Avenues for recourse against so-called climate crimes by Indonesia are limited, a speaker at a climate change conference at New Zealand's Victoria University says.
Forest and peatland fires across Indonesia, especially Papua region, have created an ecological disaster, health problems and economic losses in the past half year.
The effects have also been felt in neighbouring Papua New Guinea with village communities near the border reporting increased respiratory health problems due to pervasive fire haze.
The issue, in relation to the marginalisation of West Papuans under Indonesian rule, was the subject of a session at this week's In the Eye of the Storm: Pacific Climate Change Conference.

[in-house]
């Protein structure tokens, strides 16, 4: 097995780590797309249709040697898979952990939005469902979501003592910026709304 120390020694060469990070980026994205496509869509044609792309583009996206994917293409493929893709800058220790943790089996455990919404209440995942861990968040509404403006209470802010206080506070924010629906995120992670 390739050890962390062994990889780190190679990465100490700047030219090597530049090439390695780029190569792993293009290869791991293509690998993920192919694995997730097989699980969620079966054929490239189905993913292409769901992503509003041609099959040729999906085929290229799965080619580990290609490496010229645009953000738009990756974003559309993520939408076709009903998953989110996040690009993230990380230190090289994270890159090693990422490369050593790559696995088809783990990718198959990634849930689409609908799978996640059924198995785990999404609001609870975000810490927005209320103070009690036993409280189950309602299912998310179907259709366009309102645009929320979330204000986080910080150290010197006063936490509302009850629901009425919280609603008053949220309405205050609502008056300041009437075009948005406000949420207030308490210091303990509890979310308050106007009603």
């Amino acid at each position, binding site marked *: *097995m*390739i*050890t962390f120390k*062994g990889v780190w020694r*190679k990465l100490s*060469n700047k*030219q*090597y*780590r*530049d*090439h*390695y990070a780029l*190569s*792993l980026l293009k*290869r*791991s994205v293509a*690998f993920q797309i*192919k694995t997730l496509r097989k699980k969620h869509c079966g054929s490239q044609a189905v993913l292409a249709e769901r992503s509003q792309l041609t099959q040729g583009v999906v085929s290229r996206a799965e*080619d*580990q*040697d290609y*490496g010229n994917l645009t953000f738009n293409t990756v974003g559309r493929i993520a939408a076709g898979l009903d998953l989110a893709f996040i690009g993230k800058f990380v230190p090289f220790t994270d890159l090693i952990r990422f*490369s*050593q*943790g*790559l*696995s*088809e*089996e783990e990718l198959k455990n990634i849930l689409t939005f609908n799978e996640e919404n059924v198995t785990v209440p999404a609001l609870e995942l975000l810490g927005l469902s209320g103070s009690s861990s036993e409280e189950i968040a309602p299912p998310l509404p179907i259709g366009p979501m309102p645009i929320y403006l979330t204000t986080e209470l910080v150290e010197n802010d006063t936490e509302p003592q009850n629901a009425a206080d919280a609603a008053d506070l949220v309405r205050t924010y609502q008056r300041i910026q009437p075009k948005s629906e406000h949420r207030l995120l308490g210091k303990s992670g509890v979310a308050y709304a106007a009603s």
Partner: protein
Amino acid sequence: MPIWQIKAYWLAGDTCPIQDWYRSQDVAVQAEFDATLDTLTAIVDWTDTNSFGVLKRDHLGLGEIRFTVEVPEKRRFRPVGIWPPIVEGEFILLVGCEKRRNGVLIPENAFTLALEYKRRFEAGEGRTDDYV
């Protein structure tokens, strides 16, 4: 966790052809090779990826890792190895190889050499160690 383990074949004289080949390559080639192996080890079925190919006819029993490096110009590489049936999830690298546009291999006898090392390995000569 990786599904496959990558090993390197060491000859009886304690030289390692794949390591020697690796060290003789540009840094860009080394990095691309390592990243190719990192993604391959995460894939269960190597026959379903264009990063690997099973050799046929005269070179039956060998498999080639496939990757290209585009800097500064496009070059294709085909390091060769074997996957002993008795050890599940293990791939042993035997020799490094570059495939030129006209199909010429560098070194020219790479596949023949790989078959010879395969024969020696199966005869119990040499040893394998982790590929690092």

A specialist on indigenous rights in international law Catherine Iorns said while there was not a lot of ways to stop Indonesia's burning of rainforest, the trans-boundary air pollution may provide a way in.
"That has been recognised. Trans-national boundary environmental effects had been recognised as illegal under international law.
"And so yes, there is a duty not to do that. The question is what other state is going to take them to court under just that?
"But it's not a climate change thing as such. It's like getting a symptom, you tackle a little piece of a symptom and hope to stop it at the root."